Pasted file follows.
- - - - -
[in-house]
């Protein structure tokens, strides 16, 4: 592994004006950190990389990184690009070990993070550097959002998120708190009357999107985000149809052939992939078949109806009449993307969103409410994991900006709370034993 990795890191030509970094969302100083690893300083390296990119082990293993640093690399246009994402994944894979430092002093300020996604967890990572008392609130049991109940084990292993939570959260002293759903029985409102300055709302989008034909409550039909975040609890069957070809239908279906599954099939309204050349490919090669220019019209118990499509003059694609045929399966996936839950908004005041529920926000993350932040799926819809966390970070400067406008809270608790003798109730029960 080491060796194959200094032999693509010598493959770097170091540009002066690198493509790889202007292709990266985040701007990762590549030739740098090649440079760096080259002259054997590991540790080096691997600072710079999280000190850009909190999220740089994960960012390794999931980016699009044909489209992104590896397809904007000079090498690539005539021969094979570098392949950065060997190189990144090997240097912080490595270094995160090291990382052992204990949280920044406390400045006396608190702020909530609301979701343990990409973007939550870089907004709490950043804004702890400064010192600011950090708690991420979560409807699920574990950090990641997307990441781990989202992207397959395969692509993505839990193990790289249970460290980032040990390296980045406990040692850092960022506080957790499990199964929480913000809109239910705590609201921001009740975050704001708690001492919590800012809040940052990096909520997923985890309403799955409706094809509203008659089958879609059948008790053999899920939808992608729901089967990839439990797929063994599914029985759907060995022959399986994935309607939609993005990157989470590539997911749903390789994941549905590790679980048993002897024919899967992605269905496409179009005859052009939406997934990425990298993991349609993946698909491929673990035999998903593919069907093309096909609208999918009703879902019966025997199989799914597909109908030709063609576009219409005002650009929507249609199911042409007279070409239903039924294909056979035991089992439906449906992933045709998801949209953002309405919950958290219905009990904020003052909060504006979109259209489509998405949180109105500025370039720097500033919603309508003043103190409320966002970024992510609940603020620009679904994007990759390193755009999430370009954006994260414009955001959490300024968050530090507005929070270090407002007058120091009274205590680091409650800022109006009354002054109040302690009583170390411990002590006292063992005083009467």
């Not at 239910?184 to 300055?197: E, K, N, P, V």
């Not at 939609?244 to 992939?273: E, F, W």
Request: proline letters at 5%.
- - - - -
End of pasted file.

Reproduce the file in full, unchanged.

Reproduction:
[in-house]
């Protein structure tokens, strides 16, 4: 592994004006950190990389990184690009070990993070550097959002998120708190009357999107985000149809052939992939078949109806009449993307969103409410994991900006709370034993 990795890191030509970094969302100083690893300083390296990119082990293993640093690399246009994402994944894979430092002093300020996604967890990572008392609130049991109940084990292993939570959260002293759903029985409102300055709302989008034909409550039909975040609890069957070809239908279906599954099939309204050349490919090669220019019209118990499509003059694609045929399966996936839950908004005041529920926000993350932040799926819809966390970070400067406008809270608790003798109730029960 080491060796194959200094032999693509010598493959770097170091540009002066690198493509790889202007292709990266985040701007990762590549030739740098090649440079760096080259002259054997590991540790080096691997600072710079999280000190850009909190999220740089994960960012390794999931980016699009044909489209992104590896397809904007000079090498690539005539021969094979570098392949950065060997190189990144090997240097912080490595270094995160090291990382052992204990949280920044406390400045006396608190702020909530609301979701343990990409973007939550870089907004709490950043804004702890400064010192600011950090708690991420979560409807699920574990950090990641997307990441781990989202992207397959395969692509993505839990193990790289249970460290980032040990390296980045406990040692850092960022506080957790499990199964929480913000809109239910705590609201921001009740975050704001708690001492919590800012809040940052990096909520997923985890309403799955409706094809509203008659089958879609059948008790053999899920939808992608729901089967990839439990797929063994599914029985759907060995022959399986994935309607939609993005990157989470590539997911749903390789994941549905590790679980048993002897024919899967992605269905496409179009005859052009939406997934990425990298993991349609993946698909491929673990035999998903593919069907093309096909609208999918009703879902019966025997199989799914597909109908030709063609576009219409005002650009929507249609199911042409007279070409239903039924294909056979035991089992439906449906992933045709998801949209953002309405919950958290219905009990904020003052909060504006979109259209489509998405949180109105500025370039720097500033919603309508003043103190409320966002970024992510609940603020620009679904994007990759390193755009999430370009954006994260414009955001959490300024968050530090507005929070270090407002007058120091009274205590680091409650800022109006009354002054109040302690009583170390411990002590006292063992005083009467």
């Not at 239910?184 to 300055?197: E, K, N, P, V």
């Not at 939609?244 to 992939?273: E, F, W």
Request: proline letters at 5%.